Wenches sharpCara/Andrea here,

I think one of the reasons the Word Wenches have thrived for eight years in an internet landscape where sites come and go at the speed of light is because we all have wide-ranging and eclectic interests. (that’s an erudite way of saying we are quirky!) Which makes choosing a favorite from the blogs I’ve done over the years no easy task. Like a magpie, I tend to collect bright shiny tidbits of arcane information. I call it research . . . and usually the esoteric historical information I find fascinating does end up in my books. But most, I just find the stuff fun to know.

However, after going over my contributions to the blog, I’ve decided to spotlight the very first post I did for as a Word Wench. There are two reasons—firstly because I was—and still am—thrilled to be part of such an amazing group of writers. Not only do we share a passion for writing and history, but on a more personal level, we have become a close-knit, supportive group of best friends. Secondly, I’m choosing it because it Wenches gunfireillustrates the sort of offbeat historical subject that set fire to my imagination. And what makes it even more fun is that there is an audience of kindred spirits who seem to share my passion. So without further ado, here is a link to the history of gunpowder. And I’ll also add my own colorful fireworks of thanks to all you readers whose enthusiasm for our posts keeps us going!

 Sherrie drops in to say —Image001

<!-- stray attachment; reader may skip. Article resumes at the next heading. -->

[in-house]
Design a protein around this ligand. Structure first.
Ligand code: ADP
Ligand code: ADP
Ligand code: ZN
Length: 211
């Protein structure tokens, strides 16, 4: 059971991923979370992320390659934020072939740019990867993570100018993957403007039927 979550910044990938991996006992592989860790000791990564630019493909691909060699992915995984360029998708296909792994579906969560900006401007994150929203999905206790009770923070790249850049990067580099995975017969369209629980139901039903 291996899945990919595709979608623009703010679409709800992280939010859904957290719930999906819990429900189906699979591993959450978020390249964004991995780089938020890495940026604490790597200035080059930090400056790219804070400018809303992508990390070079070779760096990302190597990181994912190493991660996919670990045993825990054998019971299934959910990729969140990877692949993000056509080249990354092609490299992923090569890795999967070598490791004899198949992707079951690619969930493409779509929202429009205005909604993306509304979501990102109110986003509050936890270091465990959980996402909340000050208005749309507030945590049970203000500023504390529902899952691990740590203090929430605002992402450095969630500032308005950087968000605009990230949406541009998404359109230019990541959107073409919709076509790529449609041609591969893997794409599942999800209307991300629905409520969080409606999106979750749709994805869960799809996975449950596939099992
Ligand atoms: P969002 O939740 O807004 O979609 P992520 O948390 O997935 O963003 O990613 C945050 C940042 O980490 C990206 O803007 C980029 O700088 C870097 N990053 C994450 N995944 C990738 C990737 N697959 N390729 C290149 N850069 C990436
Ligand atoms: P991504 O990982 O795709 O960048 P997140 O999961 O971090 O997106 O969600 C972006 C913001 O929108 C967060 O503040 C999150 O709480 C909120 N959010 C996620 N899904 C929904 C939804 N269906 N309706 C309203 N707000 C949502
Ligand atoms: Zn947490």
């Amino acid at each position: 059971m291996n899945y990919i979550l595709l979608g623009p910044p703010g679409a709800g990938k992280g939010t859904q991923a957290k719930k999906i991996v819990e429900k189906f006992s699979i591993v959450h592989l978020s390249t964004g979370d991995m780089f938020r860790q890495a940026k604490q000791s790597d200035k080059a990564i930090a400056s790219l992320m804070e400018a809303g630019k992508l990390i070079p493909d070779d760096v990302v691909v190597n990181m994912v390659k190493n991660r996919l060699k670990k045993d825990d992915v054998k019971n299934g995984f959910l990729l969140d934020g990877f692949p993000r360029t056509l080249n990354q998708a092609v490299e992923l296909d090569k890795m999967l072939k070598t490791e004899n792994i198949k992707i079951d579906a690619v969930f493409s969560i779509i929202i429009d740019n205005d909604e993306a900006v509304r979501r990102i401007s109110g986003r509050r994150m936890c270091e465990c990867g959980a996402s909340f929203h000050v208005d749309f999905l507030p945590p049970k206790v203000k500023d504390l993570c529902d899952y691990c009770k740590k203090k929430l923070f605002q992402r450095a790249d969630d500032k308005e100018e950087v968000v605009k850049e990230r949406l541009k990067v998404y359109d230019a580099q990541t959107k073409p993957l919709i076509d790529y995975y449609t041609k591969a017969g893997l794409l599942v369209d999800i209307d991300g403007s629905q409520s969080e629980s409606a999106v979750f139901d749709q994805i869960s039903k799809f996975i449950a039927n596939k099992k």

From Sherrie Holmes and Sparky Tabasco, happy anniversary to all the Wenches for 8 wonderful years! As your  blogmistress, I've been privileged to come along for the ride from the very beginning. It's been a trip! I can remember when I was first approached by Mary Jo about researching blog venues and then becoming the blogmistress to keep things running smoothly behind the scenes. Blogging had really exploded back then, and many authors were dragged, kicking and screaming, into the blogosphere. Now, blogs are a great way for authors and readers to connect, and a side benefit has been the wonderful friendships that have been formed as a result. Here’s to another glorious 8 years!

BathingmenAnd Jo:.

I was delighted to be invited to join the Word Wenches back in 2006, and then it seemed quite an achievement to reach our anniversary in May 2007. Of course we wanted to do a group blog worthy of the milestone, so what else but Getting Naked With the Wenches? The topic was "nakedness in the past — the fiction and the non-fiction."

I pulled together the first of three posts on nakedness. In this one the Wenches discussed bathing habits — naked or not?– and even the definition of nakedness, which uncovered (sorry!) this from the OED. 1761:  "The streets were…filled with naked people, some with shirts and shifts on only, and numbers without either." There are pictures.

We also discussed nakedness in sex. No pictures in the blog, but there's a link, with appropriate warnings. Enjoy!

 Stay tuned for Friday's posting when we'll hear from Anne, Pat, Susan and Mary Jo.  On Friday we'll offer a plentitudeand a half of Wench Book Swag to lucky commenters on either of these posts.  What kind of book swag?  Let me say — ARC!  Let me say — Newly released books.  Let me say — audiobook!

 So …  What's your favorite Wench post from the eight years of Wenchdom?